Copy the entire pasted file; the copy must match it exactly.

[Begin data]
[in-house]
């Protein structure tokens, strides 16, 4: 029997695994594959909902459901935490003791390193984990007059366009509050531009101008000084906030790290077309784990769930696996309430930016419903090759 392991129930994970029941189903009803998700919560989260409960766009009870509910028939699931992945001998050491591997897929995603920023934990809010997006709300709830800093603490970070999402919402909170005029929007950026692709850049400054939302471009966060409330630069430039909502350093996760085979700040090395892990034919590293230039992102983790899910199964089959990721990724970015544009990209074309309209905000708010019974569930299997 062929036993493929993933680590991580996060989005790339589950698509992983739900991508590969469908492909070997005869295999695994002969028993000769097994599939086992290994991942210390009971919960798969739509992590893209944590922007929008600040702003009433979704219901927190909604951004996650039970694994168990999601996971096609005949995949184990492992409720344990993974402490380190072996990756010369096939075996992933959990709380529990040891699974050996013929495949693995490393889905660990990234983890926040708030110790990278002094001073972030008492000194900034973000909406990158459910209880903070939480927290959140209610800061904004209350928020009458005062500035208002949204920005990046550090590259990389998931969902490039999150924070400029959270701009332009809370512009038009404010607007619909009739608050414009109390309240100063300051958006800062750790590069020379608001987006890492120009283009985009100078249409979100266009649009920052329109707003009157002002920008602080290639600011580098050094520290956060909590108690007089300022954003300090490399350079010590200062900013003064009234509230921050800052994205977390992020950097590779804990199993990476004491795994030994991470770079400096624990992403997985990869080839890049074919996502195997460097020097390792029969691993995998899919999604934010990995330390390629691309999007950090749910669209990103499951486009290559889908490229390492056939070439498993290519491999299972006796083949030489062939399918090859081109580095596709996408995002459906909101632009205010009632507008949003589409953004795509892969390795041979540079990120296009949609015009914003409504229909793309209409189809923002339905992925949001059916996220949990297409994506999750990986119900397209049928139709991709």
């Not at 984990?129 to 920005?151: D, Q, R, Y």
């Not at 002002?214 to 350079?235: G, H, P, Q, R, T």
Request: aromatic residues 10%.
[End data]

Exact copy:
[in-house]
């Protein structure tokens, strides 16, 4: 029997695994594959909902459901935490003791390193984990007059366009509050531009101008000084906030790290077309784990769930696996309430930016419903090759 392991129930994970029941189903009803998700919560989260409960766009009870509910028939699931992945001998050491591997897929995603920023934990809010997006709300709830800093603490970070999402919402909170005029929007950026692709850049400054939302471009966060409330630069430039909502350093996760085979700040090395892990034919590293230039992102983790899910199964089959990721990724970015544009990209074309309209905000708010019974569930299997 062929036993493929993933680590991580996060989005790339589950698509992983739900991508590969469908492909070997005869295999695994002969028993000769097994599939086992290994991942210390009971919960798969739509992590893209944590922007929008600040702003009433979704219901927190909604951004996650039970694994168990999601996971096609005949995949184990492992409720344990993974402490380190072996990756010369096939075996992933959990709380529990040891699974050996013929495949693995490393889905660990990234983890926040708030110790990278002094001073972030008492000194900034973000909406990158459910209880903070939480927290959140209610800061904004209350928020009458005062500035208002949204920005990046550090590259990389998931969902490039999150924070400029959270701009332009809370512009038009404010607007619909009739608050414009109390309240100063300051958006800062750790590069020379608001987006890492120009283009985009100078249409979100266009649009920052329109707003009157002002920008602080290639600011580098050094520290956060909590108690007089300022954003300090490399350079010590200062900013003064009234509230921050800052994205977390992020950097590779804990199993990476004491795994030994991470770079400096624990992403997985990869080839890049074919996502195997460097020097390792029969691993995998899919999604934010990995330390390629691309999007950090749910669209990103499951486009290559889908490229390492056939070439498993290519491999299972006796083949030489062939399918090859081109580095596709996408995002459906909101632009205010009632507008949003589409953004795509892969390795041979540079990120296009949609015009914003409504229909793309209409189809923002339905992925949001059916996220949990297409994506999750990986119900397209049928139709991709």
């Not at 984990?129 to 920005?151: D, Q, R, Y």
């Not at 002002?214 to 350079?235: G, H, P, Q, R, T």
Request: aromatic residues 10%.